The concentration of Israel’s Arab population in Arab towns and cities is bad for Arabs, and creates mistrust and passivity, Maariv/nrg reports.The report was based on new research from Ariel University.
Researcher Dr. Yael Brender-Ilan sought to resolve a dispute between two views on ethnically homogeneous towns.
One view suggests that such towns are more likely to succeed. Residents largely have similar aims, and are more able to work in harmony, proponents say.
The other view suggests the opposite: that minorities living apart are likely to feel they are the victims of discrimination, which leads to mistrust in authority and a tendency to behave in ways which do not lead to economic productivity or to successful group action, regardless of shared goals.
Dr. Brender-Ilan took a look at Arab cities in Israel. Non-Jewish Arabs make up approximately 20 percent of Israel's population, and over 70% of Arabs live in majority-Arab communities.
If the first view of homogeneous communities is correct, she predicted, Arabs living in majority-Arab towns should show more trust in local leaders, and a higher willingness to pay city taxes, than Arabs living in mixed Jewish-Arab cities.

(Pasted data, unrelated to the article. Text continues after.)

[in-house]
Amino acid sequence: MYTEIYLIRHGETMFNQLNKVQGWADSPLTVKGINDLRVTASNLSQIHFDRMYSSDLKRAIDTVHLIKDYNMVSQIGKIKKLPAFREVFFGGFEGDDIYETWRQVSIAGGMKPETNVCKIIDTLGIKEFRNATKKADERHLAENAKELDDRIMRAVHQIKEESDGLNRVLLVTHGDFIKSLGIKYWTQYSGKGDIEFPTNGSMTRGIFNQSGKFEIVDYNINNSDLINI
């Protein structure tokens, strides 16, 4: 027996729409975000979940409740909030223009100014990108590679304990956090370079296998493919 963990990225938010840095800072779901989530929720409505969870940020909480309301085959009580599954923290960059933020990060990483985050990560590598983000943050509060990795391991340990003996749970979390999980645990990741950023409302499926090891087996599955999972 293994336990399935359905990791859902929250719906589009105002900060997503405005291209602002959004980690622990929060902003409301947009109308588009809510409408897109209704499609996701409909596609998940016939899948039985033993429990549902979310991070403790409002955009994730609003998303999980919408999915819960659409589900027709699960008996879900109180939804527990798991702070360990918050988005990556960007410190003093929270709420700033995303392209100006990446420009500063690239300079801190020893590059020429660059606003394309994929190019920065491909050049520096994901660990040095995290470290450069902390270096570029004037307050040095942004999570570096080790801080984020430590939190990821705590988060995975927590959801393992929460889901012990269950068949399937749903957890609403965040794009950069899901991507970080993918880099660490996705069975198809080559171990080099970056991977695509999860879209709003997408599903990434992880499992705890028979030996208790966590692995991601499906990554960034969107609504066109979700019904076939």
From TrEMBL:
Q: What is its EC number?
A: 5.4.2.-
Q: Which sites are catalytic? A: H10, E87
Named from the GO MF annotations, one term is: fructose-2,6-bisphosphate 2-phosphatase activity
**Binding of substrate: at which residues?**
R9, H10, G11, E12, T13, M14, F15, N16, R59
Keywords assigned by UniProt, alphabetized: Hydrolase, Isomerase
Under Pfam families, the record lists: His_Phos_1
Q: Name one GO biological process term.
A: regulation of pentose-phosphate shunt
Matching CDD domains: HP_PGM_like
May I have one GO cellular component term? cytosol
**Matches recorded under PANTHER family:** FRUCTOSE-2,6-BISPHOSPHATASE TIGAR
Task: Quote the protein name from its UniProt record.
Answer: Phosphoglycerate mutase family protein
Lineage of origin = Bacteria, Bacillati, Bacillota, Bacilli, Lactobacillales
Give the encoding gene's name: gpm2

However, she found the opposite to be the case. Arabs living in majority-Arab communities were significantly less likely to pay city tax than Jews in Jewish communities or Jews or Arabs in mixed communities, supporting the view that minority separation leads to alienation from authority.
Levels of tax payment were so low that lack of payment often had a significant impact on majority-Arab cities’ ability to function, she said.
Israeli Arabs living in majority-Arab communities clearly do not see local government as a reliable tool for collective action, she concluded. The findings call for government action, she said, either in the form of an organized effort to improve Arab trust in local government, or in the form of creating alternative ways to meet the Arab community’s needs.